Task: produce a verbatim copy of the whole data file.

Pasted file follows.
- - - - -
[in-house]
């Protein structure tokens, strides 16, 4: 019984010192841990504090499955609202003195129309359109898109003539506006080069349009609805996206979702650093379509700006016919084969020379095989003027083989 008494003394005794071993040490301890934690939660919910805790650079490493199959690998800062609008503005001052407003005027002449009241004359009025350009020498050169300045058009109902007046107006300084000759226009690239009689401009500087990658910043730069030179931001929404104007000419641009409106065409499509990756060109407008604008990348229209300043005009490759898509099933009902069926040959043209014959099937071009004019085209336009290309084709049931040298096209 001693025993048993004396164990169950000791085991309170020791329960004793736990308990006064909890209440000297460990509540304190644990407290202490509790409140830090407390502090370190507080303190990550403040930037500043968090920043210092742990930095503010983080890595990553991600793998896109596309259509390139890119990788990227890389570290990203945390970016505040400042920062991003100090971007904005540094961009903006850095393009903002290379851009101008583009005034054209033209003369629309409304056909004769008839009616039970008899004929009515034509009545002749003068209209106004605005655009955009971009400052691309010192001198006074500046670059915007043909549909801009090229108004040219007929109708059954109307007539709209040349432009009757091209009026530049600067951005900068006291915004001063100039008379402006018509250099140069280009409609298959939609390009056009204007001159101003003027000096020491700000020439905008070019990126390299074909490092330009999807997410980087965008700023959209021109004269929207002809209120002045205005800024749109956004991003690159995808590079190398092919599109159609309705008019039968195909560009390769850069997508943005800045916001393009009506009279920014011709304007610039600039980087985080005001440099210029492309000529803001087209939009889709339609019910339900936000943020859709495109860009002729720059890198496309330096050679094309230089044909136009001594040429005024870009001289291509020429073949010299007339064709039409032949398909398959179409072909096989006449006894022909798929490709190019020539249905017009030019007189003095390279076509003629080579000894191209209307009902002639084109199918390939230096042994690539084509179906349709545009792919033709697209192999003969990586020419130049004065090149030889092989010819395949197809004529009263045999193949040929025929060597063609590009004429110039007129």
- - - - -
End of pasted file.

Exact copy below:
[in-house]
């Protein structure tokens, strides 16, 4: 019984010192841990504090499955609202003195129309359109898109003539506006080069349009609805996206979702650093379509700006016919084969020379095989003027083989 008494003394005794071993040490301890934690939660919910805790650079490493199959690998800062609008503005001052407003005027002449009241004359009025350009020498050169300045058009109902007046107006300084000759226009690239009689401009500087990658910043730069030179931001929404104007000419641009409106065409499509990756060109407008604008990348229209300043005009490759898509099933009902069926040959043209014959099937071009004019085209336009290309084709049931040298096209 001693025993048993004396164990169950000791085991309170020791329960004793736990308990006064909890209440000297460990509540304190644990407290202490509790409140830090407390502090370190507080303190990550403040930037500043968090920043210092742990930095503010983080890595990553991600793998896109596309259509390139890119990788990227890389570290990203945390970016505040400042920062991003100090971007904005540094961009903006850095393009903002290379851009101008583009005034054209033209003369629309409304056909004769008839009616039970008899004929009515034509009545002749003068209209106004605005655009955009971009400052691309010192001198006074500046670059915007043909549909801009090229108004040219007929109708059954109307007539709209040349432009009757091209009026530049600067951005900068006291915004001063100039008379402006018509250099140069280009409609298959939609390009056009204007001159101003003027000096020491700000020439905008070019990126390299074909490092330009999807997410980087965008700023959209021109004269929207002809209120002045205005800024749109956004991003690159995808590079190398092919599109159609309705008019039968195909560009390769850069997508943005800045916001393009009506009279920014011709304007610039600039980087985080005001440099210029492309000529803001087209939009889709339609019910339900936000943020859709495109860009002729720059890198496309330096050679094309230089044909136009001594040429005024870009001289291509020429073949010299007339064709039409032949398909398959179409072909096989006449006894022909798929490709190019020539249905017009030019007189003095390279076509003629080579000894191209209307009902002639084109199918390939230096042994690539084509179906349709545009792919033709697209192999003969990586020419130049004065090149030889092989010819395949197809004529009263045999193949040929025929060597063609590009004429110039007129």